So think carefully about where you want your decluttered items to end up, and then make sure that you declutter in a logical order so that you have free space ready and waiting for sorted items to go into. This may feel like a rather out of control Jenga puzzle, and you may need a temporary holding area for sorted items that don’t yet have a clear cupboard or drawer to go into. But an organised, systematic approach will win in the end.

Step 3 : Be ruthless

When decluttering, it’s always helpful to bear in mind the words of the designer William Morris “Have nothing in your house that you do not know to be useful, or believe to be beautiful.” Hang onto these words as you work through your stuff, and try to be really ruthless in what you get rid of. We’ve already seen all the disadvantages of clutter, so why hoard stuff for years that never gets used. 

One thing that can help here is to have an “Undecided” category for those things that you are really not sure about. So as you declutter, sort everything into either:

  • Yes – you are definitely going to keep it. 
  • Undecided – you are probably going to get rid of it, but are not completely sure.
  • No – you are definitely going to get rid of it.

As you declutter, move all the “No” and “Undecided” items out of the kitchen. It helps to get rid of all the “No” items as soon as you can, to free up space. But if they are in good condition, rather than take them to the tip, you could consider:

  • Giving them away to friends, family or local charities;
  • Taking them to charity shops;
  • Giving them away on donation websites such as Freecycle;
  • Selling them either online, for example eBay or Facebook Marketplace, or locally, for example through ads on community noticeboards.

As for the “Undecided” items, keep them somewhere else – eg a garage – for a month. If you don’t miss them or need to use them, get rid of them. They have had their chance!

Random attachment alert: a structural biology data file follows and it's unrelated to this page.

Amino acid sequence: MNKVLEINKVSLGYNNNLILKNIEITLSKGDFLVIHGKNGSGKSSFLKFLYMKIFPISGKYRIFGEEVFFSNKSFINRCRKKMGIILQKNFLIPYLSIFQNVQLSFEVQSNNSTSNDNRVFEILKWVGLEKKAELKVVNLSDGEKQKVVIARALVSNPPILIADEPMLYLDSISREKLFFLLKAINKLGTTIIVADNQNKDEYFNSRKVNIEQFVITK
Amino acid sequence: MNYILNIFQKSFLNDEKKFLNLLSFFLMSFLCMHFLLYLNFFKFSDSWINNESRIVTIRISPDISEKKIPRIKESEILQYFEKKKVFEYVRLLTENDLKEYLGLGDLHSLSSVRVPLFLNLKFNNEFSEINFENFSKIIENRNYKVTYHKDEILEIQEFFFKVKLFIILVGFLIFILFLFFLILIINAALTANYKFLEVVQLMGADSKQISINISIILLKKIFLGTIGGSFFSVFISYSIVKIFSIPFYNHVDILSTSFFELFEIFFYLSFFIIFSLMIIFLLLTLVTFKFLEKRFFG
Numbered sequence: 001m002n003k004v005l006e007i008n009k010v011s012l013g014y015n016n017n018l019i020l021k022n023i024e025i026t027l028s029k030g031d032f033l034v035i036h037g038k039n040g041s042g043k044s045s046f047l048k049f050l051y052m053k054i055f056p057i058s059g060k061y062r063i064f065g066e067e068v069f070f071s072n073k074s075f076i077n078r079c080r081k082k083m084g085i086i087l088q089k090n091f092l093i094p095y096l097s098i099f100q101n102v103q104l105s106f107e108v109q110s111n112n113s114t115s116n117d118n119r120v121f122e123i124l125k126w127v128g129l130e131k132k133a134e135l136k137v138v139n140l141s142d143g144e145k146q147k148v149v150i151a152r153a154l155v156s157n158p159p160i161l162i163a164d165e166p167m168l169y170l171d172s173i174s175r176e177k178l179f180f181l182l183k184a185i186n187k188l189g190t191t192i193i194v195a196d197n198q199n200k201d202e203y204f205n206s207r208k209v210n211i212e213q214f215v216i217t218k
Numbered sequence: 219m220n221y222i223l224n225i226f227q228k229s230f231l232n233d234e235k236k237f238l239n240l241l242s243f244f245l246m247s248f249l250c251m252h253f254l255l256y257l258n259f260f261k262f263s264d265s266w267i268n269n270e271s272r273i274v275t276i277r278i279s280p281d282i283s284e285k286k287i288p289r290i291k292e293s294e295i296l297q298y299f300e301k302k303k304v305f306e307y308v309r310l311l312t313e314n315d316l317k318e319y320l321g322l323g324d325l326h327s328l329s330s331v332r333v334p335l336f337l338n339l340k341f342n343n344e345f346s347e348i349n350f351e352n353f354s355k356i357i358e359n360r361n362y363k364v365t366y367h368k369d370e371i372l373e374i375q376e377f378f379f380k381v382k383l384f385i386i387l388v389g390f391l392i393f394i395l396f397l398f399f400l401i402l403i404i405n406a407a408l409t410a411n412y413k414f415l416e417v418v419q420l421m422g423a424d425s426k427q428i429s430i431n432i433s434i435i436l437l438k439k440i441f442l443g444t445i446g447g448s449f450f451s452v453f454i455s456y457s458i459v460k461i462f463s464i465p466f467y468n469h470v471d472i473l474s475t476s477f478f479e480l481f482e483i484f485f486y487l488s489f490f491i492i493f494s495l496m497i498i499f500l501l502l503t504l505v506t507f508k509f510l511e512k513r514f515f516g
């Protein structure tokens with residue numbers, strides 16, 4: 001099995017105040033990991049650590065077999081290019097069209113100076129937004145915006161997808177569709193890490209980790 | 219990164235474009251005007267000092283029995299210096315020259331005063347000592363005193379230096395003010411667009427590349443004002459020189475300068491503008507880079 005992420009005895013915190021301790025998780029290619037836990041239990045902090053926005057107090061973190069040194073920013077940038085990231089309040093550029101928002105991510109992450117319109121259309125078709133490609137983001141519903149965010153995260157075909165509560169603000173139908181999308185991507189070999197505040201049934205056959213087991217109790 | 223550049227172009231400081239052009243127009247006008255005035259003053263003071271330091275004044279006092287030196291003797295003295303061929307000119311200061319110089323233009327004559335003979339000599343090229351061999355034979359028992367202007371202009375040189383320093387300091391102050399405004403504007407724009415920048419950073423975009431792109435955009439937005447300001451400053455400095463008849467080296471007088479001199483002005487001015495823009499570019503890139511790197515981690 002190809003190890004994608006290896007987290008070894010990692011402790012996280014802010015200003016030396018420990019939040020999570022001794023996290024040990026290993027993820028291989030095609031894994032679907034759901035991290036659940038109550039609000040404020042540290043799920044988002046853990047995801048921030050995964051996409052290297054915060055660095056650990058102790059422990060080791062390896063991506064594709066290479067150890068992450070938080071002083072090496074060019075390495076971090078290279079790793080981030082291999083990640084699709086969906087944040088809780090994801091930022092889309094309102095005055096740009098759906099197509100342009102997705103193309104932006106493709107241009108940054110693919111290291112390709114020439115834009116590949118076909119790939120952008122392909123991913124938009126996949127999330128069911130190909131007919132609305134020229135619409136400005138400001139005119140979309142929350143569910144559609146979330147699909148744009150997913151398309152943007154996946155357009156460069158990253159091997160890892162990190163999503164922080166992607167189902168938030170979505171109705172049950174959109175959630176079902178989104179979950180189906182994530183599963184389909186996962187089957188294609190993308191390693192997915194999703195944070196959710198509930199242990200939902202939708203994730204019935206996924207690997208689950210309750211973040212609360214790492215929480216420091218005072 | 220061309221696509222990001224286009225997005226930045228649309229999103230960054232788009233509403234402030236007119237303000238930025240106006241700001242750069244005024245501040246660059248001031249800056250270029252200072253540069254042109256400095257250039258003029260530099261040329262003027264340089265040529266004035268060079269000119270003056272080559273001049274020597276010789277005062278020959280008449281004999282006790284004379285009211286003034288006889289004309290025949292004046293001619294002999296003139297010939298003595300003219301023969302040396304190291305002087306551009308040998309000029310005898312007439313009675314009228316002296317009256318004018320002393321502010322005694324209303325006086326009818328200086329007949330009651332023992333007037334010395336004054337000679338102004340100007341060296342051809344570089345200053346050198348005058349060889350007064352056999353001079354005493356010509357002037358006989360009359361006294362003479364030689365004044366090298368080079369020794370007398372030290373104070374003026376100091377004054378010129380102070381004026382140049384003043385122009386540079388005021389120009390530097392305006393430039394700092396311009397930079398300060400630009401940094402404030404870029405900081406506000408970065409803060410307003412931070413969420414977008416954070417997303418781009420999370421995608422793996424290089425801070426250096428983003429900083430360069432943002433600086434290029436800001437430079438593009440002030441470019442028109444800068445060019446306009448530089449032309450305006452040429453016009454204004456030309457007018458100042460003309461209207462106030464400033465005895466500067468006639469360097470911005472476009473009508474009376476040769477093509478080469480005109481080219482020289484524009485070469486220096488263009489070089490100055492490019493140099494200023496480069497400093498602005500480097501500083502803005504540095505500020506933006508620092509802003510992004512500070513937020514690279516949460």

Step 4 : Clean and reorganise your storage space

As you declutter, build in time to give empty cupboards and drawers a good clean. You can then put back into them all the items you have decided to keep. Whether you are putting them back in the same place or somewhere different, make sure that they are organised logically and that the items you use most regularly are all within easy reach. 

By the way, once you see your lovely clean newly organised cupboards and drawers, you may be motivated to get rid of all those “Undecided” items too, so that they don’t clutter up your space!

Step 5 : Do it all again . . . . 

Well, not quite! But to stop clutter building up again it’s important to keep on top of things. Here are five quick tips to help you do just that:

  • Don’t let clutter build up. Clear it at the end of every day.
  • Put everything back where it belongs when you have finished with it.
  • Tackle small quick jobs as soon as you see them rather than putting them off. 
  • Keep a charity bag on the go all the time for items you no longer need or want..
  • If you buy something new, get rid of something old so that you don’t accumulate more stuff.

We hope that the above steps motivate you to declutter your kitchen and keep it that way. For further inspiration on beautifully uncluttered kitchens why not visit Zenstone’s Chobham showroom to see just how good your kitchen could look!

Check back here soon for more home and lifestyle tips from Zenstone.